Guest post by Francisco, a youth reporter from ChildFund’s Reitoca project area in Honduras. This article originally appeared in the “Free Expression” column of the La Cronica newspaper produced by Honduran youth.
I live in Reitoca, a municipality located 85 km (53 miles) south of Tegucigalpa in Honduras. With an estimated population of 15,725, Reitoca is part of a nation filled with natural beauty. We are known for our famous thermal waters and refreshing waterfalls.
Contrasting to such beauty, there are scenarios that worry me greatly. As I wake up every morning, I sense and am exposed to high levels of violence and crime in this once tranquil and safe place. Not so long ago, we used to sleep confidently, doors and windows open. The morning after, everything would be in place, just as we left it. These are now only memories of a safe town we used to live in.
Reitoca is now very dangerous. This year alone I’ve already witnessed 27 robberies. Common crimes are assaults, as thieves seek to steal money and cell phones. Other offenders trespass on private property to steal crops and hens from responsible families who’ve made an extra effort in saving to grow their own.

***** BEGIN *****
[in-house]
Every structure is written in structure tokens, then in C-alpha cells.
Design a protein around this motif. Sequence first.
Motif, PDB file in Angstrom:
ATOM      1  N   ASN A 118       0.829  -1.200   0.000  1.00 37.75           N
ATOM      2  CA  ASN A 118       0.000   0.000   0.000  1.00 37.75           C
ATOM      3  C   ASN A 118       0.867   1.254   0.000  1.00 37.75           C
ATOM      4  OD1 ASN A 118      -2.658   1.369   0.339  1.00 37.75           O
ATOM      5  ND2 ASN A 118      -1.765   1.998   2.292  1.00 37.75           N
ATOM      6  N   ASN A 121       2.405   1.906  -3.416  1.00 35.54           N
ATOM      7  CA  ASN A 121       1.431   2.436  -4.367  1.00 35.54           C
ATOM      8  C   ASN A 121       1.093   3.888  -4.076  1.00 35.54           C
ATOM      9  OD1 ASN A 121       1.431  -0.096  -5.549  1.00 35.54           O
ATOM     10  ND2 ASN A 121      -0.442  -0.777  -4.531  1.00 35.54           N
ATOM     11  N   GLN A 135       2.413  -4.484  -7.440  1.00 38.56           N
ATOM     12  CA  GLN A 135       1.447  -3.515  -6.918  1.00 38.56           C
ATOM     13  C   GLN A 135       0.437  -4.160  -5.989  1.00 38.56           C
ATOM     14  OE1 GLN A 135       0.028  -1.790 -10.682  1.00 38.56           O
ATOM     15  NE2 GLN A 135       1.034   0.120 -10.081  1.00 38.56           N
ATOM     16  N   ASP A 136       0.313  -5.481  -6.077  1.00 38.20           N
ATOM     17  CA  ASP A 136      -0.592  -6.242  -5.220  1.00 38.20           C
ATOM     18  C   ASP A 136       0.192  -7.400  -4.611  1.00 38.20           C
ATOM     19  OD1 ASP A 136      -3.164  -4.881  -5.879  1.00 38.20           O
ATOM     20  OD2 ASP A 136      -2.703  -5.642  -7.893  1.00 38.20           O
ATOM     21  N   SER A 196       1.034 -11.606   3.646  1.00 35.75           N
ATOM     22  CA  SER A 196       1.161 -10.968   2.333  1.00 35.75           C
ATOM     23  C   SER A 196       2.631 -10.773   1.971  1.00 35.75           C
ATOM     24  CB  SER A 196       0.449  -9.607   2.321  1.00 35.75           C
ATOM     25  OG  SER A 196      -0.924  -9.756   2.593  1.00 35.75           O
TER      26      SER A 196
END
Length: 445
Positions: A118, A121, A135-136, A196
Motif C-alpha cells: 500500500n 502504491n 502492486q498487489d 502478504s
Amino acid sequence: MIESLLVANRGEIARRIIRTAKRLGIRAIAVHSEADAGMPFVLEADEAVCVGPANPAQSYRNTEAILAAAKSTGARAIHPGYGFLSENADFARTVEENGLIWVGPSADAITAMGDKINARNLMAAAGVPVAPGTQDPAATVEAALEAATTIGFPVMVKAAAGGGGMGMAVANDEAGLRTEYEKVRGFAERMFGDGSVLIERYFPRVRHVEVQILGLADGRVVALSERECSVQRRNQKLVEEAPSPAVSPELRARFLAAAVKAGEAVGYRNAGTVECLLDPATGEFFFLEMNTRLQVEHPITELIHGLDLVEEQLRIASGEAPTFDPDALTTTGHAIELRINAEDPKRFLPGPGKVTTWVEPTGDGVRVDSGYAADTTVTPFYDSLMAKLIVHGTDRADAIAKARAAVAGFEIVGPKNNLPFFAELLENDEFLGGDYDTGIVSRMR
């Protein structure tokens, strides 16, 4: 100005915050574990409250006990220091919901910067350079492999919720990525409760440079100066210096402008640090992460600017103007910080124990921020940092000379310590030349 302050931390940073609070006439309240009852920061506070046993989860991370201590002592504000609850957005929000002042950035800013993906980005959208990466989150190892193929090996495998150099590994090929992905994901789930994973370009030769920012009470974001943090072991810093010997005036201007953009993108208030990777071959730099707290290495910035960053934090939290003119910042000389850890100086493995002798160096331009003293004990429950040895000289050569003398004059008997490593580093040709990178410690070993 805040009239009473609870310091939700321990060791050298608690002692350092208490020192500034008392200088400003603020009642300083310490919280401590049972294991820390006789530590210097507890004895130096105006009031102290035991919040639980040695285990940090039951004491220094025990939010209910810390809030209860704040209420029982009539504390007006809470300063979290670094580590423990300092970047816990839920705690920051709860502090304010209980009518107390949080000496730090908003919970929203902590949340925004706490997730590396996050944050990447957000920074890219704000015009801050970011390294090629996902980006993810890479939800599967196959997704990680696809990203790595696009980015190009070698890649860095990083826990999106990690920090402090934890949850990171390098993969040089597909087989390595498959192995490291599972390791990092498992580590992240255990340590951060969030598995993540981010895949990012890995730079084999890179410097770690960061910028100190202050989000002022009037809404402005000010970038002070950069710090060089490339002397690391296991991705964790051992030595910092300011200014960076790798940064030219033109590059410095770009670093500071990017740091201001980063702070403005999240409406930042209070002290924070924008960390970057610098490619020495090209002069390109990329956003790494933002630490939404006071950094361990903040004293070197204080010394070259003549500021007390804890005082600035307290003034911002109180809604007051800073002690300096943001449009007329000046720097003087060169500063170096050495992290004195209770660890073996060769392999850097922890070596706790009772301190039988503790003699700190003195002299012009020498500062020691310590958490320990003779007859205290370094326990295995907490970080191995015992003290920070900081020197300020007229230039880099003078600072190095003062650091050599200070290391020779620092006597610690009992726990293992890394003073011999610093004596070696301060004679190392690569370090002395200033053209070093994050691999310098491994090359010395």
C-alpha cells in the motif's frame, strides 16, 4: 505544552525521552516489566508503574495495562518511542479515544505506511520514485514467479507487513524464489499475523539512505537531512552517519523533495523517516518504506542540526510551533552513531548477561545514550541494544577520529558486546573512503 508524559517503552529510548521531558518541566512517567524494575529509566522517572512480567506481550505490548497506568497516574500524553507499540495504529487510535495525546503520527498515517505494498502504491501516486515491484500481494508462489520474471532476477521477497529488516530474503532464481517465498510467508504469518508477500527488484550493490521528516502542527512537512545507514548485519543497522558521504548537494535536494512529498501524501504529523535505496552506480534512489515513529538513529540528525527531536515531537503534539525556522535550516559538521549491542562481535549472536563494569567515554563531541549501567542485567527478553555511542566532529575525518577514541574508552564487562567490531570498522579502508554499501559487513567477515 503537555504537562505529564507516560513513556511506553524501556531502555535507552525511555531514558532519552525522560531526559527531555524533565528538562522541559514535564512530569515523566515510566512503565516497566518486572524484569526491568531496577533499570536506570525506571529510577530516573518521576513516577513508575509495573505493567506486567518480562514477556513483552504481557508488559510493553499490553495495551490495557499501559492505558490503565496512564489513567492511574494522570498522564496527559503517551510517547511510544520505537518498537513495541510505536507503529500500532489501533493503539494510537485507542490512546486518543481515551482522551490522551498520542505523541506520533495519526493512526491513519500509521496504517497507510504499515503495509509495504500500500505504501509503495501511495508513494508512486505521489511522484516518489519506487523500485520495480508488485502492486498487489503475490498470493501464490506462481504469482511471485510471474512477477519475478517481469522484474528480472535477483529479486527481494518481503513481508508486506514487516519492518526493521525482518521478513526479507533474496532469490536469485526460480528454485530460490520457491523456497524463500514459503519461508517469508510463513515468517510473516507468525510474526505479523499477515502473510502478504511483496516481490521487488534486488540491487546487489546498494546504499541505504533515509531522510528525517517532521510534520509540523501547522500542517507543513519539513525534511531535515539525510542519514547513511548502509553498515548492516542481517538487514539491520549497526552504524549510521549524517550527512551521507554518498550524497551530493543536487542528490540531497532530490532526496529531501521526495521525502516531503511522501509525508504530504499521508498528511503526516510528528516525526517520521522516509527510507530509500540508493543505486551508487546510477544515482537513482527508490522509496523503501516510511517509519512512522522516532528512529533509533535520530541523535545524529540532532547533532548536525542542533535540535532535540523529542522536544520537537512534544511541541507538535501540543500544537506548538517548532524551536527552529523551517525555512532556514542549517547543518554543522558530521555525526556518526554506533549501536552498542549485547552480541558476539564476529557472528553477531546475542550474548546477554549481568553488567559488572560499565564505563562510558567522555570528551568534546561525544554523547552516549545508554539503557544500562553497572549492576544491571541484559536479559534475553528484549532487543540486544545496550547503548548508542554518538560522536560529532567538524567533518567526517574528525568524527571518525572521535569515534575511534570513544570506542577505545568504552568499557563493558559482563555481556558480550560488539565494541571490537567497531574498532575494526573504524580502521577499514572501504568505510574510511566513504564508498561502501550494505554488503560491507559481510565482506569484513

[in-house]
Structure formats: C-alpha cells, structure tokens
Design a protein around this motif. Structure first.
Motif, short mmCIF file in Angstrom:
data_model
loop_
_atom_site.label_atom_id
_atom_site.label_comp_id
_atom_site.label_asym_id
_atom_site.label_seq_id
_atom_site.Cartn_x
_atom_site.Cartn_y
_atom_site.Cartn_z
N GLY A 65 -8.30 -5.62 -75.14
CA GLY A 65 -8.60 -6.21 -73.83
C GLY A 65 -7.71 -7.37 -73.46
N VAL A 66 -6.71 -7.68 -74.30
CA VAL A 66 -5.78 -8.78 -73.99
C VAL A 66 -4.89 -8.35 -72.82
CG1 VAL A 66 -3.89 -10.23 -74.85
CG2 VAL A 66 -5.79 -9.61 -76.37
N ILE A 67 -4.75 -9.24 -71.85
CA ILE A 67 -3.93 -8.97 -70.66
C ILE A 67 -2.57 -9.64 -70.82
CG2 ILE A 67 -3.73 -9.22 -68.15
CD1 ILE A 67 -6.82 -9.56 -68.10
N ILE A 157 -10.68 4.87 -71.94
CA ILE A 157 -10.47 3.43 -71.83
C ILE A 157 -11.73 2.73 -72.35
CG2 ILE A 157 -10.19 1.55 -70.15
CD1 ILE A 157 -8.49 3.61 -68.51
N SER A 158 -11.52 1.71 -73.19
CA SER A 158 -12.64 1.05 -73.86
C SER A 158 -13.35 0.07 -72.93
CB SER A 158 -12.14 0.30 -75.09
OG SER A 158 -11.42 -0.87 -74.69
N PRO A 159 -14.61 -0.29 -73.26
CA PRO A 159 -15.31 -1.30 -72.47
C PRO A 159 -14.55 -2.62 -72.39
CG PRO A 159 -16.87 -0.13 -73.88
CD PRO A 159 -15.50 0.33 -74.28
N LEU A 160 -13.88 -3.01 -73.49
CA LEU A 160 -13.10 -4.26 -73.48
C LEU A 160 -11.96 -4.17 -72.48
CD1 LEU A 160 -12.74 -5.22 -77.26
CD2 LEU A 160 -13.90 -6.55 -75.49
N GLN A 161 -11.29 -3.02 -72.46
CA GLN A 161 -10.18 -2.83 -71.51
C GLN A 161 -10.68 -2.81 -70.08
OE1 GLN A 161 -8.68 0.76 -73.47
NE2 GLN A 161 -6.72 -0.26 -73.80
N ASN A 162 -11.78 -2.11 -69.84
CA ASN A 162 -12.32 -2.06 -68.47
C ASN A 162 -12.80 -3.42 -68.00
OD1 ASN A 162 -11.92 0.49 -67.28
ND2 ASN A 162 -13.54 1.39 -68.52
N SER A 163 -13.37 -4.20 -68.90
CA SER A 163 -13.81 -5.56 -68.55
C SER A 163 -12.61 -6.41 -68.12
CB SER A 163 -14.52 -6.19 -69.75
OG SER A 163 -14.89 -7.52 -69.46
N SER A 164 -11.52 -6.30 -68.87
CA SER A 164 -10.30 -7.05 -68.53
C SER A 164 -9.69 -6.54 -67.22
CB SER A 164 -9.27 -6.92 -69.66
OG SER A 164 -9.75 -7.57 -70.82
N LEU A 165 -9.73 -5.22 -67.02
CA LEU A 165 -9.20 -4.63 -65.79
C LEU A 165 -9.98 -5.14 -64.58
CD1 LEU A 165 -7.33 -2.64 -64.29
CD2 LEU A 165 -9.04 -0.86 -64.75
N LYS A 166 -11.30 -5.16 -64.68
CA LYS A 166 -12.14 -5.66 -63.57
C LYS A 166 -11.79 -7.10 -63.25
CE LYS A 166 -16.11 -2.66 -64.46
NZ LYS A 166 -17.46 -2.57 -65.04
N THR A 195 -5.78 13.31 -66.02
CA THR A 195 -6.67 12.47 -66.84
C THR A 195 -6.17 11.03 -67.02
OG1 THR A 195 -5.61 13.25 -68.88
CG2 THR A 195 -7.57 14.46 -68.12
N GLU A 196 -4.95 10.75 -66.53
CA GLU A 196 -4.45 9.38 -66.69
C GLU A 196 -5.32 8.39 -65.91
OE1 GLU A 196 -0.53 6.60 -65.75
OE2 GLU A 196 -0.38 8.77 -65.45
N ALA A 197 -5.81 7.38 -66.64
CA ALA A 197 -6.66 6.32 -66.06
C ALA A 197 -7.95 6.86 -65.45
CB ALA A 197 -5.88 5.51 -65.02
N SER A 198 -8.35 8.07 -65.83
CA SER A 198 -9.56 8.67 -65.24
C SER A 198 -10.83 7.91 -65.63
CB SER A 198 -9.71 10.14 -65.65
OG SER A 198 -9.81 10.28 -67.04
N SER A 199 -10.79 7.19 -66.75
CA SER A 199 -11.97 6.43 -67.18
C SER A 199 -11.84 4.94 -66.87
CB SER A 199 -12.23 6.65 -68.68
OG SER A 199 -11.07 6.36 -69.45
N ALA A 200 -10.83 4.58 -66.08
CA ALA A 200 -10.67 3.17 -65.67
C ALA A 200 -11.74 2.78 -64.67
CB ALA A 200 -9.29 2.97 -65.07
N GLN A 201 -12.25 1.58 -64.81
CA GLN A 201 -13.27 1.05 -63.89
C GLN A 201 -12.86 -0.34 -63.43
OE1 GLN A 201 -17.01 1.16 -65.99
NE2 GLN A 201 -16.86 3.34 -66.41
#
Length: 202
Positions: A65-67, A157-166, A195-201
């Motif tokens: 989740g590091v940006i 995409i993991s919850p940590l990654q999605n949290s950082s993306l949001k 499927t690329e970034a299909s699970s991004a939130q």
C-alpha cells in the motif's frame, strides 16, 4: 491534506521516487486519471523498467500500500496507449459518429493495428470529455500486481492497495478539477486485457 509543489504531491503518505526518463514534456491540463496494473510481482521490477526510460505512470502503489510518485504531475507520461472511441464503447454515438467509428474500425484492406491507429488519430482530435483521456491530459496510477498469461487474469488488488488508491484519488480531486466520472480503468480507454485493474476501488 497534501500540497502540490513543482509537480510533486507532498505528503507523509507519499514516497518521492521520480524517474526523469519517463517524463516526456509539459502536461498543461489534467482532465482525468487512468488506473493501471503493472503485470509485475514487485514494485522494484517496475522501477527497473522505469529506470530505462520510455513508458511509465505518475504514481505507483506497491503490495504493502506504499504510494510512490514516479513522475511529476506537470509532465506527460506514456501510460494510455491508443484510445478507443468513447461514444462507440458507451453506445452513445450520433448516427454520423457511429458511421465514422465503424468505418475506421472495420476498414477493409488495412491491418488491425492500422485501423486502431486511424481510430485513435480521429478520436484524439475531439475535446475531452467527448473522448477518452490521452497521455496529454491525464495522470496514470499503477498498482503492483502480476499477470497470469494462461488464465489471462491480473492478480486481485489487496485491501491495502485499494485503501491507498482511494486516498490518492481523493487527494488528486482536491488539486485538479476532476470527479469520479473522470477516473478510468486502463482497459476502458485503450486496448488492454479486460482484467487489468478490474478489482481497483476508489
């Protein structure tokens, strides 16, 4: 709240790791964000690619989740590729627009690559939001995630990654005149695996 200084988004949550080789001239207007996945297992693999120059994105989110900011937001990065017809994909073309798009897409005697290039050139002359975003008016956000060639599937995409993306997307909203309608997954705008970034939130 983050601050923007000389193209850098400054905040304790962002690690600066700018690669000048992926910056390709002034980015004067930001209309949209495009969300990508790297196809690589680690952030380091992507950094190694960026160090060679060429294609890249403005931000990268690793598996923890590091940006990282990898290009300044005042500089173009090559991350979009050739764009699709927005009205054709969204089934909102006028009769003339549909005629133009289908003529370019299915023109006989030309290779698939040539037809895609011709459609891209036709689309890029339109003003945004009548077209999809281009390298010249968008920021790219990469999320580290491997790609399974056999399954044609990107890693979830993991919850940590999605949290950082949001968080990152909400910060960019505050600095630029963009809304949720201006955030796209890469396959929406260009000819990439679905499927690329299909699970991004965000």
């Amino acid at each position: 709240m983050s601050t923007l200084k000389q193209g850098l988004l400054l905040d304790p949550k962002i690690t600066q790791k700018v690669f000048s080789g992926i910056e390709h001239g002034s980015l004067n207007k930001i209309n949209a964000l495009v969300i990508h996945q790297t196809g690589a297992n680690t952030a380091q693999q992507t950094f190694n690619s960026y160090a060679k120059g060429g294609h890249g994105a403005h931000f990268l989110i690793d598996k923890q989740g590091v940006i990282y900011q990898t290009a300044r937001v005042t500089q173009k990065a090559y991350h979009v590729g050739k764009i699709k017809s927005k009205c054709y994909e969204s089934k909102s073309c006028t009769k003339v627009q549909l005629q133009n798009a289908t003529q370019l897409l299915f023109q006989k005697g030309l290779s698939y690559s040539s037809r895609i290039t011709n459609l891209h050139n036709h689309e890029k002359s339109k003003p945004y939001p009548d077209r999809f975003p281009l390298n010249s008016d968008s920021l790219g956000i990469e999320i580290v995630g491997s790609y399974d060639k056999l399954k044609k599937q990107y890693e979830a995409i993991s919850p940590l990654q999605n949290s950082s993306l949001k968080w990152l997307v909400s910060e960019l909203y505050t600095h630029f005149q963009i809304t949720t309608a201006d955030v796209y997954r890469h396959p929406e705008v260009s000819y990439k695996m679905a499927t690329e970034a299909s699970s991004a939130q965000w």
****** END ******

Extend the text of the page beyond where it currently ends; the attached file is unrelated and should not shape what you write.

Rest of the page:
Again, this is only what I’ve witnessed, who knows how many more crimes occur on a daily level?
Our municipality is aware of the growing crime numbers, and what’s even worse is that criminals continue to steal without the fear of being punished. It’s shameful that visitors and tourists express they’re scared of walking around during the evenings because it is dangerous.
Our youth and the rest of the population want there to be peace and security. We dream of a safe town free of crime.
It’s time to wake up and end the “If-it-doesn’t-affect-me-it’s-not-my-problem” attitude. It’s time to join efforts and ideas, and together with local authorities finally resolve this problem that affects us all.
Editor’s note: A top priority for ChildFund Honduras is providing children and youth with leadership and advocacy skills, which is why Francisco wrote about what is taking place in his town. He and his peers may then strategically work together — often with adult community leaders — to bring about change in their communities.